AS VIRGINIA, a year short of four centuries since her foundation, has only recently inaugurated her first Catholic governor, it might be an appropriate time to remember the first Catholic governor of New York, Thomas Dongan (right). Dongan’s tenure as Governor of the Province of New York was one of the most important in the history of our land, and witnessed the formative period of responsible government in what would eventually become the Empire State.
Thomas was born in 1634, the youngest son of Sir James Dongan, Bt., a Member of the Irish Parliament. After the regicide of Good King Charles in 1649, the Catholic family feared persecution and fled to France, as did the Royal Family. In France, having Gallicized his surname to D’Unguent, Thomas joined an Irish regiment and fought under the Vicomte de Turenne (who himself, born into Calvinism, became a Catholic in October 1668). Despite the Restoration of the Crown in Britain and Ireland, Dongan remained in France, being promoted to colonel in his fortieth year. The 1678 Treaty of Nijmegen, however, required all of Charles II’s subjects in the service of France to return home, and so Thomas obliged. Through the efforts of James, Duke of York, with whom Dongan had the privilege of serving in the French Army, he was granted a pension, a high-ranking commission, and was appointed Lieutenant-Governor of Tangiers, of all places, which (along with Bombay) had been given to England as part of the dowry of Catherine of Braganza.
It was in 1682 that James, Duke of York, as Lord Proprietor of New York, appointed Thomas Dongan to govern the bankrupt colony. “In this office,” the Catholic Encyclopedia says, “Dongan proved himself an able lawgiver, and left an indelible mark on political and constitutional history.” He convened the first representative assembly of the Province in 1683, which enacted the Charter of Liberties enunciating the form of government in New York. The Duke of York’s supreme legislative power as Lord Proprietor would reside in a governor, council, and general assembly. Members of the assembly were conferred rights and privileges making their august legislature coequal to and independent of Parliament. Courts of justice were established, liberty of conscience regarding religion was declared, and the principle of no taxation without representation was affirmed. Dongan signed the Charter of Liberties on 30 October 1683, and solemnly proclaimed it the next day at the Stadt Huys, New York’s city hall.
“Thus to Dongan’s term as governor,” quoth the Encyclopedia, “can be dated the Magna Charta of American constitutional liberties, for his system of government became the programme of continuous political agitation by the colonists of New York Province during the eighteenth century. It developed naturally into the present state government, and many of its principles passed into the framework of the Federal Government. Moreover, a rare tribute to his genius, the government imposed by him on New York Province, 1683, was adopted by England after the American War of Independence as the framework of her colonial policy, and constitutes the present  form of government in Canada, Australia, and the Transvaal.”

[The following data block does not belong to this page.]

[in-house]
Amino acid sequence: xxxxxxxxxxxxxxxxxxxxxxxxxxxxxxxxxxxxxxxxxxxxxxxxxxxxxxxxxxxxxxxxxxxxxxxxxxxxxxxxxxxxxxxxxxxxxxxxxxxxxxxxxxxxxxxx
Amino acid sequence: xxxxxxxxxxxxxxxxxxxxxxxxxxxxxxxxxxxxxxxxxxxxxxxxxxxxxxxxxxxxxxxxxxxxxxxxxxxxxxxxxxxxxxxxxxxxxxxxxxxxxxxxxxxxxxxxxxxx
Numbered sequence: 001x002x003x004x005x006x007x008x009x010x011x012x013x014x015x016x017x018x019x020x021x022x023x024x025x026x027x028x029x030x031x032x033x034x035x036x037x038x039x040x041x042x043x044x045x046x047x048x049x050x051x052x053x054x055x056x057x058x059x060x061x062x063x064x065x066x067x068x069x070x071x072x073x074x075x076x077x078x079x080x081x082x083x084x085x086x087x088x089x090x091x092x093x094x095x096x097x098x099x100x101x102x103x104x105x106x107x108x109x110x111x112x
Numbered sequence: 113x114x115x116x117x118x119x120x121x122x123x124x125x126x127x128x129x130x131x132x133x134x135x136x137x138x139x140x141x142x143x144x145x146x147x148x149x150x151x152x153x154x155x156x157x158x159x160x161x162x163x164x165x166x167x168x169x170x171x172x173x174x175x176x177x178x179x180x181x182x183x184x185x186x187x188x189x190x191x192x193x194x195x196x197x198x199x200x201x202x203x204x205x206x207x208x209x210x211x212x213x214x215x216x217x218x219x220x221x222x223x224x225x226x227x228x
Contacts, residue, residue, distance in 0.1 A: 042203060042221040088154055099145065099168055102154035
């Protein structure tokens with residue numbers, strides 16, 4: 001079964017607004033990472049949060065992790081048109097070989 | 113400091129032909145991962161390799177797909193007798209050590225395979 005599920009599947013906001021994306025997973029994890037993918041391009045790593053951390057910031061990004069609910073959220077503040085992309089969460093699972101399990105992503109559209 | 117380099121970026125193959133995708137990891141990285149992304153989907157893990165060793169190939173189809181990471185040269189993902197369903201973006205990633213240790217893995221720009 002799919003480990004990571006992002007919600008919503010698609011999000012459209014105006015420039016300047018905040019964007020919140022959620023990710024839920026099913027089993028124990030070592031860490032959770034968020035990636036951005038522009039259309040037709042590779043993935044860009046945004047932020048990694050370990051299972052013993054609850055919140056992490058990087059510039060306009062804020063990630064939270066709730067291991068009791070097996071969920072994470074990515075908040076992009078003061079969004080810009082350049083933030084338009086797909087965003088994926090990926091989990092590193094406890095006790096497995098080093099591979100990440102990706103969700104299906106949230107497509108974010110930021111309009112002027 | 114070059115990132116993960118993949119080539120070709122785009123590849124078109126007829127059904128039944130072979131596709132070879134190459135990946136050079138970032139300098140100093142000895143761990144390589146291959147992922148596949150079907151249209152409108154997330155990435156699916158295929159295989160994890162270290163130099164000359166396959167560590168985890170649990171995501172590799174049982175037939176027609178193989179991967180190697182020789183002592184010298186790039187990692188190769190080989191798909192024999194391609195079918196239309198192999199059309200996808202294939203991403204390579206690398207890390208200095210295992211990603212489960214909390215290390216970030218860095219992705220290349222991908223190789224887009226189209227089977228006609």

The peace and harmony of the Province was furthered in 1684 when Dongan, in the presence of Lord Howard, the Governor of Virginia, received the voluntary submission of the Iroquois confederacy to “the Great Sachem Charles”. The following year saw the death of Charles II and the ascent of the Lord Proprietor, James, Duke of York, to the thrones of England, Scotland, and Ireland. In that year of 1685, Dongan established a Post Office to strengthen communications within his colony and between all the English colonies in America. In the next year, 1686, the Governor granted civic charters to New York and Albany. Dongan’s charter for the City of New York lasted 135 years, while that of Albany was only replaced in 1870. Avid historians would have been bemused/irritated by Archdiocese’s celebration just a few years ago of the two-hundredth anniversary of Catholic education in New York. This would be because New York’s first Catholic school was not in the 1800′s during the republic’s early years but in the 1680′s when Governor Dongan established a college (in the secondary sense) under the guidance of three Jesuit priests, one of whom was his own private chaplain.
Despite the brief attempt to merge New York and New England, followed by the overthrow of James, our last Catholic king, in the so-called ‘Glorious Revolution’, Governor Dongan’s legacy in establishing the institutions of responsible government in New York remains. Indeed he was unquestionably New York’s greatest governor until the advent of ‘Magnus Apollo’ himself, DeWitt Clinton, in the nineteenth century. With the new Protestant Williamite administration in charge, Thomas Dongan returned to England in 1691 and, with the death of his elder brother, inherited the Earldom of Limerick under its first (1686) creation. He died in 1715, poor and childless. Nonetheless, as the Encyclopedia notes: